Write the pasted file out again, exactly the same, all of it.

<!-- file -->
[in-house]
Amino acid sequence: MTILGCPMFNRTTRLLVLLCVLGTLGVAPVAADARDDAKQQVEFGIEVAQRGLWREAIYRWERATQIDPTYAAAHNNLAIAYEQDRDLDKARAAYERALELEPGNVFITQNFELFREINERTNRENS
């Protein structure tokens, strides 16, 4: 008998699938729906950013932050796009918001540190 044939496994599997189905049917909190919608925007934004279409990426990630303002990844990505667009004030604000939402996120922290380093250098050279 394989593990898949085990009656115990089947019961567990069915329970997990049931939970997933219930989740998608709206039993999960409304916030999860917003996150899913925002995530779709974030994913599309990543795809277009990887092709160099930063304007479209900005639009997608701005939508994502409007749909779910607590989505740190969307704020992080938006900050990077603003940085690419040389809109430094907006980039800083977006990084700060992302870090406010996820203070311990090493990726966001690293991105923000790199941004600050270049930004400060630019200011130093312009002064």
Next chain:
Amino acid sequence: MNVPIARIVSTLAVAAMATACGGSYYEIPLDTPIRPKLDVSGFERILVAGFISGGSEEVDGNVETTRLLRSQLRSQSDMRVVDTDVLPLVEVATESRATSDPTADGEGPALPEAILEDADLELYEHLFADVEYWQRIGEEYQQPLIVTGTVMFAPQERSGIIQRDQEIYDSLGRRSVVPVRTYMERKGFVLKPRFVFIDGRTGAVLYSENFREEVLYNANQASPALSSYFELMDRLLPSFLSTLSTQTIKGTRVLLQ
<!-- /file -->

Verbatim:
[in-house]
Amino acid sequence: MTILGCPMFNRTTRLLVLLCVLGTLGVAPVAADARDDAKQQVEFGIEVAQRGLWREAIYRWERATQIDPTYAAAHNNLAIAYEQDRDLDKARAAYERALELEPGNVFITQNFELFREINERTNRENS
């Protein structure tokens, strides 16, 4: 008998699938729906950013932050796009918001540190 044939496994599997189905049917909190919608925007934004279409990426990630303002990844990505667009004030604000939402996120922290380093250098050279 394989593990898949085990009656115990089947019961567990069915329970997990049931939970997933219930989740998608709206039993999960409304916030999860917003996150899913925002995530779709974030994913599309990543795809277009990887092709160099930063304007479209900005639009997608701005939508994502409007749909779910607590989505740190969307704020992080938006900050990077603003940085690419040389809109430094907006980039800083977006990084700060992302870090406010996820203070311990090493990726966001690293991105923000790199941004600050270049930004400060630019200011130093312009002064």
Next chain:
Amino acid sequence: MNVPIARIVSTLAVAAMATACGGSYYEIPLDTPIRPKLDVSGFERILVAGFISGGSEEVDGNVETTRLLRSQLRSQSDMRVVDTDVLPLVEVATESRATSDPTADGEGPALPEAILEDADLELYEHLFADVEYWQRIGEEYQQPLIVTGTVMFAPQERSGIIQRDQEIYDSLGRRSVVPVRTYMERKGFVLKPRFVFIDGRTGAVLYSENFREEVLYNANQASPALSSYFELMDRLLPSFLSTLSTQTIKGTRVLLQ